(February 8, 2015) – Muslim leaders from across the Greater Toronto Area attended a seminar on Saturday titled, “Preaching Islam in the North American Context”, that was hosted by the Mississauga-based Canadian Centre for Deen Studies.
“This seminar is an opportunity for interaction and discussion among experienced Imams, scholars and khateebs in the light of the rapid changes in North America and the world,” Dr. Hamid Slimi, Chairman of the Canadian Centre for Deen Studies, told the attendees in his welcoming remarks. “Today’s seminar will be a discussion on the best techniques of khutbah and lecture preparation and the methods of leaving positive impacts on our congregations.”
Dr. Hamid Slimi is the Imam, Resident Scholar and Founder of Sayeda Khadija Centre, as well as the President of Faith of Life Network.
The well-known Canadian Muslim leader, Dr. Ingrid Mattson who is a professor of Islamic Studies and an interfaith activist, conducted the half-day seminar.
“As Imams, chaplains, as people who preach and speak to the community, we are in that position to fulfill certain functions and we need to know whether we’re doing that well or not and we need to have help and improvement,” Dr. Mattson told the audience.
“Certainly this field is one we must strive to constantly improve,” she advised. “You all know that we are having a difficult time grabbing the ear and attention of the Muslims.”
Dr. Ingrid Mattson is the London and Windsor Community Chair in Islamic Studies at Huron University College at the University of Western Ontario in London, Ontario, Canada.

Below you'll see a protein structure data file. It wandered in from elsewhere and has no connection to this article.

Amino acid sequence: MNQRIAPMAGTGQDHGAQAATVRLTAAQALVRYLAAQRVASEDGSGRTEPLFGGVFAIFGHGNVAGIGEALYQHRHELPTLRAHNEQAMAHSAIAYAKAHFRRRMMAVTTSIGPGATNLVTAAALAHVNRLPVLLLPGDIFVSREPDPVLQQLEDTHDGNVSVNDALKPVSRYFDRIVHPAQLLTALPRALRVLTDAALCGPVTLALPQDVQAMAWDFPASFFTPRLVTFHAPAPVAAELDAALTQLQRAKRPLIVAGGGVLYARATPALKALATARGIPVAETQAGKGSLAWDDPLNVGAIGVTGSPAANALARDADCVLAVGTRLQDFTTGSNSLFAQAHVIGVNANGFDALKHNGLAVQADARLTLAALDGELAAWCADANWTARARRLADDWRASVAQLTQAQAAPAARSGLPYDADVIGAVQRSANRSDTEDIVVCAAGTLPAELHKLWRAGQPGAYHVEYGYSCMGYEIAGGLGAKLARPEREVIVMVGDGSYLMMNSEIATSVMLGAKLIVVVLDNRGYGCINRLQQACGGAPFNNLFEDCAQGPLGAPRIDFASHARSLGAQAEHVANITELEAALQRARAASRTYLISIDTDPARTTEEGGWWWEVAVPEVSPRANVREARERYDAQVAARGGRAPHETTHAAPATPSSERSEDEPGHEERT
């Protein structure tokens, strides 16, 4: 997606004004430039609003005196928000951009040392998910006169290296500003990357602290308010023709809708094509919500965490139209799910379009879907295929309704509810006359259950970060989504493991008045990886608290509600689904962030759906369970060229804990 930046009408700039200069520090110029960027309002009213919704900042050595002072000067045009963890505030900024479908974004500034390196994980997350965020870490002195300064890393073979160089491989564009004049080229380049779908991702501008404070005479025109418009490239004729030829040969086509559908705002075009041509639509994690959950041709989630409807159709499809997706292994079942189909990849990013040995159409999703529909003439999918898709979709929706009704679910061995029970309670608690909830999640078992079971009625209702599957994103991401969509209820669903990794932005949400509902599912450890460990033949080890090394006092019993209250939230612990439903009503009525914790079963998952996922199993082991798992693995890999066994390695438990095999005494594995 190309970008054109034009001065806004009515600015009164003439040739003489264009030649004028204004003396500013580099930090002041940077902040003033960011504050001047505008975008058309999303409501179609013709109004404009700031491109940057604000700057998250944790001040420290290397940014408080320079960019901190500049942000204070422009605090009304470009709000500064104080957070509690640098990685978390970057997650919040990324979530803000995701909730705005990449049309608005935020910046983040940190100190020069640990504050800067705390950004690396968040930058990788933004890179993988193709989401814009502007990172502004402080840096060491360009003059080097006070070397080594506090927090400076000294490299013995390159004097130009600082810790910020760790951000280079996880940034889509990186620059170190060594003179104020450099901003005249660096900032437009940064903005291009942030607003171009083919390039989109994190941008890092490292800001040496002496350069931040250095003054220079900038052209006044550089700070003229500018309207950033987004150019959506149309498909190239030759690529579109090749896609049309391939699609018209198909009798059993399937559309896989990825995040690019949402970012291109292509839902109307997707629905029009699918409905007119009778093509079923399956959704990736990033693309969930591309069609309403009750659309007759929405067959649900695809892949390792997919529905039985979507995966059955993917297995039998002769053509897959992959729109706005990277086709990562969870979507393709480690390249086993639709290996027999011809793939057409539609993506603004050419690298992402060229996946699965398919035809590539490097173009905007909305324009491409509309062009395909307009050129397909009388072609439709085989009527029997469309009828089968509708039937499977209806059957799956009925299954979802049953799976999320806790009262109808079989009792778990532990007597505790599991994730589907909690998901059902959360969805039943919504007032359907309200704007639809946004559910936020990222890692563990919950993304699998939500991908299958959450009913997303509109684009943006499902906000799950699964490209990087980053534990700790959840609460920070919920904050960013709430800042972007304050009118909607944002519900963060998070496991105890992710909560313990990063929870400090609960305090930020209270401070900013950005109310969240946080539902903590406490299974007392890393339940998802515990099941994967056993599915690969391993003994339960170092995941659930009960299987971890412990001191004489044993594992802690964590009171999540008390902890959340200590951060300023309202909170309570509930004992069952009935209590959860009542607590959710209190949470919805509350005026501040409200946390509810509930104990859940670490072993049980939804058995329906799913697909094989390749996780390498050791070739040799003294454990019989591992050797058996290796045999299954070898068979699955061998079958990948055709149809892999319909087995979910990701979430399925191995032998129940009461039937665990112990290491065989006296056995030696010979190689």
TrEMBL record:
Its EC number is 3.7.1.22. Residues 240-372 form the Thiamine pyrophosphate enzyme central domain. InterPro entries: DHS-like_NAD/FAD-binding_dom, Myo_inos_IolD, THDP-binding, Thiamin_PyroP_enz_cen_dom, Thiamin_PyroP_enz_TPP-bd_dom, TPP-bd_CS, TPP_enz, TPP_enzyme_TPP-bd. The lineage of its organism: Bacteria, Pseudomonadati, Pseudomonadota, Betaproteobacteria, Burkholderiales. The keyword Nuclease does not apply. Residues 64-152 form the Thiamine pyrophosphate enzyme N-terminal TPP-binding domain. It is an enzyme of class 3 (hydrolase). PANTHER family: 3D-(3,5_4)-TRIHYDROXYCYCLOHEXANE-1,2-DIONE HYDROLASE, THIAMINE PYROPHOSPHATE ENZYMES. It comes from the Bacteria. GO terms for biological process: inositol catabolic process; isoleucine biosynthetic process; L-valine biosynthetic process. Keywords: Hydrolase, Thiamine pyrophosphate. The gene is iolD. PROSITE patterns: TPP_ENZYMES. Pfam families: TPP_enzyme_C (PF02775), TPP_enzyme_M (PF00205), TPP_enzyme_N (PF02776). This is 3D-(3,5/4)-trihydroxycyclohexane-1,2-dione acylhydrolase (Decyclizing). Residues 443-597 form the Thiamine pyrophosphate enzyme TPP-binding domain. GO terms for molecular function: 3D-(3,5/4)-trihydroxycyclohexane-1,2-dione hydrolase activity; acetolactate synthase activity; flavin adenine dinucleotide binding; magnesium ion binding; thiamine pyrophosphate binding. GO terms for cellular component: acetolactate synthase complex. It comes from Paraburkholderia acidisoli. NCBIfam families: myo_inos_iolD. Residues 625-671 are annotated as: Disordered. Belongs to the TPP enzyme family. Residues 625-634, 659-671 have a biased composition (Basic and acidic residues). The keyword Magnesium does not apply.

She is a former president of the Islamic Society of North America (ISNA) and she served as a Professor of Islamic Studies and Christian-Muslim Relations from 1998–2012 at Hartford Seminary in Connecticut. During that period, she founded the first accredited graduate program for Muslim chaplains in America.
“The Friday Khutba is very important,” said Dr. Mattson. “This is something that has been recognized throughout Islamic civilization as the pillar of communication and connection with the community.”
Dr. Mattson went on to emphasize the centrality of the Friday sermon in guiding a Muslim community and connecting people.
“Why is Jumuah an obligation of the adults in the community? It is an obligation because it is the one place where we are required to recognize that we are a community, to submit ourselves to really listening to what Allah wants from us and to be given some mandate for action.”
“How else do we understand and are reminded of our collective obligation,” she continued. “This is the necessary opportunity, the place where people have to feel, first and foremost, connected to others.”
The seminar participants openly discussed the challenges faced by Friday Khateebs and the general perception in the community about the weekly sermons.
“One of the tragedies that I hear from many people is that they go into Jumuah, they listen to something, they leave and they don’t feel any more connected that when they came in,” said Dr. Ingrid Mattson.
Dr. Mattson went on to urge mosques and Islamic Centres to develop the skillsets of their Imams and Khateebs and provide opportunities for mentorship.
“It is a collective opportunity for the community to develop, support, encourage, pay for, and give the time for the people in our community who can do this,” she said. “This is one of the most important functions we can fulfill.
Throughout the seminar, the attendees looked at ways of improving the Friday sermon – from style to content and relevance – as well as how to know and connect to their congregations.
“I believe that the best way to reach Muslims in Canada, generally, is to talk to Canadians, generally, because these Muslims are part of the general Canadian population,” advised Dr. Mattson.